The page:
Current low interest rates and the slight weakening of the South African rand are creating the ideal opportunity for farmers in South Africa to undertake capital expansion.
So says Standard Bank Group's Director of Agricultural Banking Willie du Plessis. "In spite of the uncertainty in agriculture being created by proposed legislation such as the security of tenure green paper and the fact that globally increasing food prices will increase inflation in South Africa, we're very comfortable about supporting farmers wanting to expand or diversify their business.
"Standard Bank's view is that interest rates will stay low and stable for the foreseeable future. Also, although the rand may weaken a little more, we're expecting it to remain relatively stable in the medium term, making the financial environment that much more predictable. And, of course, a weaker rand is favourable for importing equipment not only for primary agriculture but also for the downstream processing plants that this country needs in order for the agricultural sector to grow and provide South Africa with greater food security.
"The hike in commodity prices that has pushed food prices up internationally has its downside, of course. But it also creates optimism for our local producers, who have been struggling to maintain margins and sustainability.
"In other words, we're seeing a confluence of two significant trends. The time is right to push hard on production - and the time is right to do so by investing in capital expansion."
A trend towards investment is already evident, with South Africa tractor sales up by 8% on previous years - and sales of other agricultural equipment also showing steady increases.
Mr du Plessis advises, however, that an organic approach to capital expansion is likely to yield the best returns.
"Agriculture stands at a cross-roads, where sustainability is as much about integration of farming methods and options as it is about the environment and finance.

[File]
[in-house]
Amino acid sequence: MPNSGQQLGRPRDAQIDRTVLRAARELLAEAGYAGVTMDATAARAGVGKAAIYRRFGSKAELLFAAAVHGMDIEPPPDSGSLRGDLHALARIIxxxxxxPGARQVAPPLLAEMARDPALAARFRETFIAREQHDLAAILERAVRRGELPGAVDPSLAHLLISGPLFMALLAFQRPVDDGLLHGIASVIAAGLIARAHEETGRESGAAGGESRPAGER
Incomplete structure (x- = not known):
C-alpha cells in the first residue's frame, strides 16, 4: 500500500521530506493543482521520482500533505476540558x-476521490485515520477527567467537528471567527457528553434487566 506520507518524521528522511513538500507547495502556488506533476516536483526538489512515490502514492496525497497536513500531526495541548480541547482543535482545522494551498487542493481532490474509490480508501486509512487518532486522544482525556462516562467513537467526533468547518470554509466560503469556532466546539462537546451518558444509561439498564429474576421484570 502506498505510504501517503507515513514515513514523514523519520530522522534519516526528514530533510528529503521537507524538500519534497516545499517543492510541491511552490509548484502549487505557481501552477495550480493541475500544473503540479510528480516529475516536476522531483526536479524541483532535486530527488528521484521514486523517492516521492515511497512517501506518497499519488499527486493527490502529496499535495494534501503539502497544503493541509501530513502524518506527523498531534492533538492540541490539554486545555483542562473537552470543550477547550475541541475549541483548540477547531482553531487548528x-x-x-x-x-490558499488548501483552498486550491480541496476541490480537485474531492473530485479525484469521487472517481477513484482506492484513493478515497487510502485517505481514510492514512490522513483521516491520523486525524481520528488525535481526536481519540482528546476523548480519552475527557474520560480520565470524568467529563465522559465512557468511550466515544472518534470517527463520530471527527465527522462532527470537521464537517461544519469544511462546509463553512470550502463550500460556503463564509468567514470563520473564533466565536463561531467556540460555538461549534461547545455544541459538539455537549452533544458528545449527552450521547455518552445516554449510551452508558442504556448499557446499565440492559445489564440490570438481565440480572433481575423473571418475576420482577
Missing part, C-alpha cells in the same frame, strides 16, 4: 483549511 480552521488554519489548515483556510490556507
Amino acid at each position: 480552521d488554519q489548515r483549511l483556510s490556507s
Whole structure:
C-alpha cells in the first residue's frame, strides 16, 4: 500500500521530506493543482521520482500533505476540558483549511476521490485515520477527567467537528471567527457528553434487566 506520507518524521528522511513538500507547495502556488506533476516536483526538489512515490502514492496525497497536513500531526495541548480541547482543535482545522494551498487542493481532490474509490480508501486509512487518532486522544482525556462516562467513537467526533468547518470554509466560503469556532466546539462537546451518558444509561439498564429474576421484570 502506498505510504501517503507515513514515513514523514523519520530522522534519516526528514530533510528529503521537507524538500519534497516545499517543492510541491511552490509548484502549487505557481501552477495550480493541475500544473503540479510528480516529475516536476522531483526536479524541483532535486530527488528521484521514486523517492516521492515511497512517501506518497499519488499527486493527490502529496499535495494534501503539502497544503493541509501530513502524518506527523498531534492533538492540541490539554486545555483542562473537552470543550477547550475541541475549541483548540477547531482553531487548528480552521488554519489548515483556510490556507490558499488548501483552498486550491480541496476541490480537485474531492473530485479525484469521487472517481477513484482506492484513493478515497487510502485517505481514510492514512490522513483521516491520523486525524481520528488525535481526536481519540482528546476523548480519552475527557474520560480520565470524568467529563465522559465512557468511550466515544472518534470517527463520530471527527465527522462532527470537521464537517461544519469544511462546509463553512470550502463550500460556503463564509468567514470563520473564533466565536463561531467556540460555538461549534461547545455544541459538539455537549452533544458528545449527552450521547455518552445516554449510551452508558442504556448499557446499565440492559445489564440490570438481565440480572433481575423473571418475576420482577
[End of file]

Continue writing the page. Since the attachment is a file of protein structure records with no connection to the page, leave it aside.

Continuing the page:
"That may seem counter-intuitive, when the trend is towards diversification of markets and products. But, integration is about making the most of what you've already got so that you can diversify to get more. A Standard Bank client who runs, for example, a number of piggeries uses the whey by-product from his dairy division as a naturally wholesome supplement to his pigs' feed.
"In the same way, cattle farmers can expand their operations at very little additional cost by adding sheep. The two species graze differently, enabling in one step the land's output and the farmer's markets to be doubled. The addition of a maize crop gives cattle farmers a free, natural fertiliser and the maize remains food for the cattle. Costs and waste are reduced, markets are expanded, the farm becomes progressively more self-sustaining, the environment is served and preserved - and the bank sees an extremely good business case that it is happy to fund."
Buying an adjacent property in order to extend capacity falls into the same integrative diversification philosophy, as does the use of alternative energy sources to power new farming ventures.
As Mr du Plessis says: "If you're going to put in a new chicken house, why not use solar or wind to slash your electricity costs?
"There will always be uncertainties in any commercial environment. The trick is to find and exploit the opportunities in the changes. Capital expansion at this extremely favourable time means your farming operation grows. It can, therefore, provide more jobs and more education and training. So, security of tenure, for instance, becomes less of an issue than it could otherwise be.
"It's a question of not compartmentalising agriculture, but understanding it as an organic continuum in which whatever benefits one benefits all." For more on Standard Bank Group's agricultural services, visit www.standardbank.co.za/business.
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